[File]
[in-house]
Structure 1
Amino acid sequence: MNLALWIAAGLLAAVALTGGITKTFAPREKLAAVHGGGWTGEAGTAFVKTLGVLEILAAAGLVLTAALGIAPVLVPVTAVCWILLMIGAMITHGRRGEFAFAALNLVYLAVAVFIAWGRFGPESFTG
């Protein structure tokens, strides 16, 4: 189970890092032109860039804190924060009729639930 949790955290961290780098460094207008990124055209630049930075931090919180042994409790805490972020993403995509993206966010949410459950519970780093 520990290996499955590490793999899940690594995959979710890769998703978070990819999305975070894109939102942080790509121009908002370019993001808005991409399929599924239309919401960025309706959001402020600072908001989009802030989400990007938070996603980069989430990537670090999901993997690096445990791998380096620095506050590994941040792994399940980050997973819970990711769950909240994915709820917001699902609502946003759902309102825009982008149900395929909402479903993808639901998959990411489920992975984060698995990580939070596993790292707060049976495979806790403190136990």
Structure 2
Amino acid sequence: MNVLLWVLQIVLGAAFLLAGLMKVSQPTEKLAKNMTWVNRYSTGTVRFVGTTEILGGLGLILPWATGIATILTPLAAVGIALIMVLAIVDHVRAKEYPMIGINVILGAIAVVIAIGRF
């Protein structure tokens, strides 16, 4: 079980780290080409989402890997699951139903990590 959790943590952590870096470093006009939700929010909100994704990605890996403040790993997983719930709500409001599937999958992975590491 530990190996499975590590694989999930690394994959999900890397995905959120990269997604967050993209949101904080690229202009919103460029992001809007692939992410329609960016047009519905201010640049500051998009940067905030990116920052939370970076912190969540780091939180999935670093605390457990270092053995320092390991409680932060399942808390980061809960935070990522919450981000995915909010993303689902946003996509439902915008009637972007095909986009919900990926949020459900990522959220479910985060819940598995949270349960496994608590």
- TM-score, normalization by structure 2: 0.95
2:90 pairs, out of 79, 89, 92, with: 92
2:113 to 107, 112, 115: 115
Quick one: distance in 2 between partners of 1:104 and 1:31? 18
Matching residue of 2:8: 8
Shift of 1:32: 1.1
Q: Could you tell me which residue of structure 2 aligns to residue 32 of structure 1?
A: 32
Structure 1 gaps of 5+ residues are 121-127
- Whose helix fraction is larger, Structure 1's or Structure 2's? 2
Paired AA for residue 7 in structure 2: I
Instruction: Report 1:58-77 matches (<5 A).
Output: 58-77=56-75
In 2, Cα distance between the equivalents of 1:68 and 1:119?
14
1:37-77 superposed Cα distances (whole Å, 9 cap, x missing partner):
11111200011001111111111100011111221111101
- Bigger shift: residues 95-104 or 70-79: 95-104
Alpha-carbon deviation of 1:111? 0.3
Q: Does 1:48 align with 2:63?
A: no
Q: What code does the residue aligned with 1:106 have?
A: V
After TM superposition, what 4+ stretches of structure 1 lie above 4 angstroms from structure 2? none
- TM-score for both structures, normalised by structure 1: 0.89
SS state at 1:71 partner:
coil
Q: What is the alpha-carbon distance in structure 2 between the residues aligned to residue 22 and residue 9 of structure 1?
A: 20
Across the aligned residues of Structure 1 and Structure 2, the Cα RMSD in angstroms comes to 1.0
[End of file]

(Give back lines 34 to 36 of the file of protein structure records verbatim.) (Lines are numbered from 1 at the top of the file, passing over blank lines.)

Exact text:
coil
Q: What is the alpha-carbon distance in structure 2 between the residues aligned to residue 22 and residue 9 of structure 1?
A: 20